Which sail we leave with depends on which direction the conditions might be heading. Blowing good but expected to lessen we head off with a reefed genoa. Blowing good but expected to increase we head off with a jib with the idea of reefing if we need to.
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Old 02-10-2008, 08:04   #8
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I installed a reef on a headsail that brought it down from 130 to about 90 or maybe 80 and greatly reduced my need for a storm sail. (It's possible my sail might have even been smaller than a 130)

The reef worked much like a mainsail reef except there was no boom. Basically, it consisted mostly of a large grommet on the luff and leach. First the halyard was slackened, then bring down and clip the new grommet on the luff down as the new tack, then refasten the jib sheets to the new clew and tighten the halyard. The loose fabric at the bottom can be rolled up and tied off in much the same fashion as the main. The use of a carabiner with both sheets tied to it, made this easy. I also did not have to unclip the old tack to fasten the new one. (Actually, I just gave it a bunch of rolls and a clipped the old a and new clew) This certainly wasn't as convenient as pulling a roller reefing line, but it was much easier than changing sails and reduced the sail inventory I needed to carry on a small boat without the need of an expensive roller reefing refit. I also felt a sail reefed in this fashion provided much better sail shape than roller reefing.

I did not read the comments by the Pardy's but can understand their point. I think if you reefed a 150 down to anywhere close to storm sail size, all the reefed fabric at the foot would probably get in the way, get caught on things when tacking and the weight and bulk might adversely affect sail shape.
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Old 02-10-2008, 08:05   #9
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The Pardeys slab reef jibs. They pull it down to new tack point and move the sheet up the leech to a new clew. Cheap and easy but the leech will stretch more above the new clew, not good for the sail. I much prefer flying the correct jib size jib rather then this method or roller reefing the jib to reduce sail area.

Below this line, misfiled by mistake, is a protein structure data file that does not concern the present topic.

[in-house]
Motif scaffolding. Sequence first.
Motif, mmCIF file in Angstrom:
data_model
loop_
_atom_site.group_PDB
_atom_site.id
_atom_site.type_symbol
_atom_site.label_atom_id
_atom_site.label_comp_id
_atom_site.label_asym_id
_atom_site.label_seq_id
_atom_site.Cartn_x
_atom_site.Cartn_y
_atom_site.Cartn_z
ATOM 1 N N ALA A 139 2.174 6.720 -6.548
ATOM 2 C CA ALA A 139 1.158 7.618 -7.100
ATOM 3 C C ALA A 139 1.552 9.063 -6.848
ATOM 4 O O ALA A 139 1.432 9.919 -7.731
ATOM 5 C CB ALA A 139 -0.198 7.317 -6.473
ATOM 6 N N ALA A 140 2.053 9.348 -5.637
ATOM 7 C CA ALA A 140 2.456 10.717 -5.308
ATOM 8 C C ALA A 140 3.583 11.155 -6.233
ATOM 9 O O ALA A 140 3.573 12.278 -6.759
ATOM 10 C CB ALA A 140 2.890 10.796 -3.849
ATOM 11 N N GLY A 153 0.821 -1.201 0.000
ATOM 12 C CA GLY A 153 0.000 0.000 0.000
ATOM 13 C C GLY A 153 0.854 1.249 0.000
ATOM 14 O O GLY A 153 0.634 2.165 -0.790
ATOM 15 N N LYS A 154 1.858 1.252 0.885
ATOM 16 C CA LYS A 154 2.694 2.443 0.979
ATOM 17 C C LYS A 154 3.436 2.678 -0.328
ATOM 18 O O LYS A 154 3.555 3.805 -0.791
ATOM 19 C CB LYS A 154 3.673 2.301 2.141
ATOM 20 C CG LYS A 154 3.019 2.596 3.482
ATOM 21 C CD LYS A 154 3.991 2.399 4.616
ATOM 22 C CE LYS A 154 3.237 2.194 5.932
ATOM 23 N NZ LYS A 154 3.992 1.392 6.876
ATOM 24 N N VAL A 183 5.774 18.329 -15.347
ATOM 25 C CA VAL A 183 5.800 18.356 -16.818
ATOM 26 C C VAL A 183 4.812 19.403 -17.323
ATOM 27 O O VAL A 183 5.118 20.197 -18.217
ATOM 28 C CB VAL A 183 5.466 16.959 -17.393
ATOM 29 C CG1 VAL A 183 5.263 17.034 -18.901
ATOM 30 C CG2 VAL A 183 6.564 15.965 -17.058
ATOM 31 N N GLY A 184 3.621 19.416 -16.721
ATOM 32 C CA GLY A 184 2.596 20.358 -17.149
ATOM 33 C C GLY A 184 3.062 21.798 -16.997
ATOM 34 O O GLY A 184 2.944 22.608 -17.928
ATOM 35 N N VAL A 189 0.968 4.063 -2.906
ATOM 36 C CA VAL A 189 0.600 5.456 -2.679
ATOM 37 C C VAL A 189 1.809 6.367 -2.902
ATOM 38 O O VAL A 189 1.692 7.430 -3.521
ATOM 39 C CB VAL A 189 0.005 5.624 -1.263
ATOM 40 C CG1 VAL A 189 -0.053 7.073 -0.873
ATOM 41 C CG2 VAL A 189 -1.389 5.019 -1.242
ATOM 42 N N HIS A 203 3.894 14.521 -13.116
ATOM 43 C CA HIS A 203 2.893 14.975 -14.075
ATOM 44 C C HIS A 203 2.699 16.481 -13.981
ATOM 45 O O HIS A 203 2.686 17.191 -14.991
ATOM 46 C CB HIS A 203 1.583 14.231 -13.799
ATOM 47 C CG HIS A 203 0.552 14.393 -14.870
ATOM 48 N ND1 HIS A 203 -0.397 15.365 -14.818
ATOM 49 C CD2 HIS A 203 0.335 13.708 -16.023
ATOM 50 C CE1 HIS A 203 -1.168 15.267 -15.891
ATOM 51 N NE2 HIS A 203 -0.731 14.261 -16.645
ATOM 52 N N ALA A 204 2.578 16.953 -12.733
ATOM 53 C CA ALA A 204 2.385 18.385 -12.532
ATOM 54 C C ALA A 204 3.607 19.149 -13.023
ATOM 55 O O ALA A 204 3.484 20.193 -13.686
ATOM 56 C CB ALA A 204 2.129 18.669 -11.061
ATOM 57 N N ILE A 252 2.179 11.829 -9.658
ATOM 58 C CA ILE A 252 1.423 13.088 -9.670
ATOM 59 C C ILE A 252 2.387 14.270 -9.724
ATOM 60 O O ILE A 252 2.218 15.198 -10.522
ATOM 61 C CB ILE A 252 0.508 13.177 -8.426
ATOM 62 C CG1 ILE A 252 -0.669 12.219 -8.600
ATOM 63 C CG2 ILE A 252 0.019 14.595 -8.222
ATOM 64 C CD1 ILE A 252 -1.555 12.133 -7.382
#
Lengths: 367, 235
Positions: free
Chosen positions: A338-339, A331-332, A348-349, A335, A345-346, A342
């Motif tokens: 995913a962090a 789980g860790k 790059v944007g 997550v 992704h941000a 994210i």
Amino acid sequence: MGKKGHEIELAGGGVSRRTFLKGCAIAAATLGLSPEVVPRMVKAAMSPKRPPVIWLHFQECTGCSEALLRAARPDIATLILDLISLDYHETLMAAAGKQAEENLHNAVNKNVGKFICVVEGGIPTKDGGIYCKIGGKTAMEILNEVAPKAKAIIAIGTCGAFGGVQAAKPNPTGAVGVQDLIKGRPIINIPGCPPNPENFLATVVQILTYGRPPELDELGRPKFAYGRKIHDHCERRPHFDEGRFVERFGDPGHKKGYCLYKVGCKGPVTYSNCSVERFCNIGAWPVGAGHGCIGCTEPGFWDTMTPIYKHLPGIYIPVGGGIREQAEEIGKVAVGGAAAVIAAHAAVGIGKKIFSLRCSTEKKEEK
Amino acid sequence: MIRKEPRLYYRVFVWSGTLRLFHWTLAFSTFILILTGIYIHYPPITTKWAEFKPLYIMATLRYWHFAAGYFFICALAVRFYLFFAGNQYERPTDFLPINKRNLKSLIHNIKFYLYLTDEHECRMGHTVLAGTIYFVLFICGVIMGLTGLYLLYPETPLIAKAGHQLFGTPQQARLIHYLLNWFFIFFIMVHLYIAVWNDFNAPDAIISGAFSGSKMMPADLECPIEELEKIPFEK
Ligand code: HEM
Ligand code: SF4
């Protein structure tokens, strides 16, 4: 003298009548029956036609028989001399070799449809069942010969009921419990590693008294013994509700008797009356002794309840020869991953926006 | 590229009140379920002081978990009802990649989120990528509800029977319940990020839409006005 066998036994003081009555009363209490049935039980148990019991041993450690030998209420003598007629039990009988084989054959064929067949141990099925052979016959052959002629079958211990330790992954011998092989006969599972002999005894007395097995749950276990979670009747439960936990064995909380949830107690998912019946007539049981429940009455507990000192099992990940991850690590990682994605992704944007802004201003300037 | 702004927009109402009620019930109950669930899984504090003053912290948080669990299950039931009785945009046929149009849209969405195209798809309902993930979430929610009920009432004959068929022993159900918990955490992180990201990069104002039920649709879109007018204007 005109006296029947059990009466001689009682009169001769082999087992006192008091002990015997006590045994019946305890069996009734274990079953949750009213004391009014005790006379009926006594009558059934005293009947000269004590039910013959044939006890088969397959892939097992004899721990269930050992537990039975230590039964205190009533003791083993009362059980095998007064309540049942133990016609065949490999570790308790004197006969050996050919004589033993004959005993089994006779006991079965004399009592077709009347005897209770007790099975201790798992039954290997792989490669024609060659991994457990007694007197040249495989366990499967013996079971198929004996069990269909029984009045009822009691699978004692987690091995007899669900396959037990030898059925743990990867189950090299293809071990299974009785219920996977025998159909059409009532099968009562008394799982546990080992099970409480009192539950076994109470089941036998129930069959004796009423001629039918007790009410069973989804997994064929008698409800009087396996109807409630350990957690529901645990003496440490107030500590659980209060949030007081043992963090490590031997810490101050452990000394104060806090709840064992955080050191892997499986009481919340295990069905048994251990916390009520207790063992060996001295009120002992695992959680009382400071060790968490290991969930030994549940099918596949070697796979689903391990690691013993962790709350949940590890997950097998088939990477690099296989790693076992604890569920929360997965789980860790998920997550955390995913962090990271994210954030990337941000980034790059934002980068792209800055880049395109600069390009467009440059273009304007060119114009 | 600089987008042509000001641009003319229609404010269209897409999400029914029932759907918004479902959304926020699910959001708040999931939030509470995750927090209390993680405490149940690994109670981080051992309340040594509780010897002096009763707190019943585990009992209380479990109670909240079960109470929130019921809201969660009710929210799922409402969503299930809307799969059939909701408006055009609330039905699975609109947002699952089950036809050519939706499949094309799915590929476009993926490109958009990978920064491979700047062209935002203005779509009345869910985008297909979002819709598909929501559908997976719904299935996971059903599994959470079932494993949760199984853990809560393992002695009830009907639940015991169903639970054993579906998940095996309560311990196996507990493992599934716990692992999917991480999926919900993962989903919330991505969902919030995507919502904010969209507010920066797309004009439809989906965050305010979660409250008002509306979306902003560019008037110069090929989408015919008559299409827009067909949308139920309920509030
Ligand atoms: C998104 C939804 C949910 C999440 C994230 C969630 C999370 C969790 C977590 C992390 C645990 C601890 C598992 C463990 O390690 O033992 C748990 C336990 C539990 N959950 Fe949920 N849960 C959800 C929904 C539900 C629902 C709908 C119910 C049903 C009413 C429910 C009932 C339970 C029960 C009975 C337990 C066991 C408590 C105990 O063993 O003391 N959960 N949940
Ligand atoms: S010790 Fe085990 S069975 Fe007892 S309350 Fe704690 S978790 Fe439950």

An inner forestay is a nice way to move sail are in and down as the breeze goes up.
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Old 03-10-2008, 10:18   #10
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they are talking about how a big genoa is not a cruising sail...
Pardeys fly a yankee rather than a genny, with a staysail under… yankee having a much higher clew…
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Old 03-10-2008, 12:03   #11
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You many you just don't pull on that ropey thing and it goes around that pole with the spool!


(really sorry for that, I just couldn't resist! )
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Old 03-10-2008, 13:11   #12
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I'm thinking of ditching the furler and going back to hank on sails.
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Old 03-10-2008, 13:15   #13
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Feel free to ship me your furling setup. But hurry, I leave for Mexico in 2.5 weeks...


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Old 03-10-2008, 14:37   #14
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perforce

The boat came with a roller-furling setup up, in pretty rough shape with corrosion and age, as well as some amazingly old hank-ons. And it lasted about 4 months before giving up, and I fell back on the hank-ons.

I haven't had the money to more than replace the 110 hank-on jib. Well, not quite true, other items have been of greater priority than restoring the roller-furler.

Which was going to be my point... I'd really like roller-reefing ability, but it's not my highest priority. In fact, it doesn't rank over getting the galley pump fixed (which is broken *again*... grrr.)
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Old 03-10-2008, 15:16   #15
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I have a cutter, with a staysail and a yankee. Douse the tankee, and the staysail has a boom with three reef points. Badda bing, badda boom. Pardon the pun, especially to the Pardeys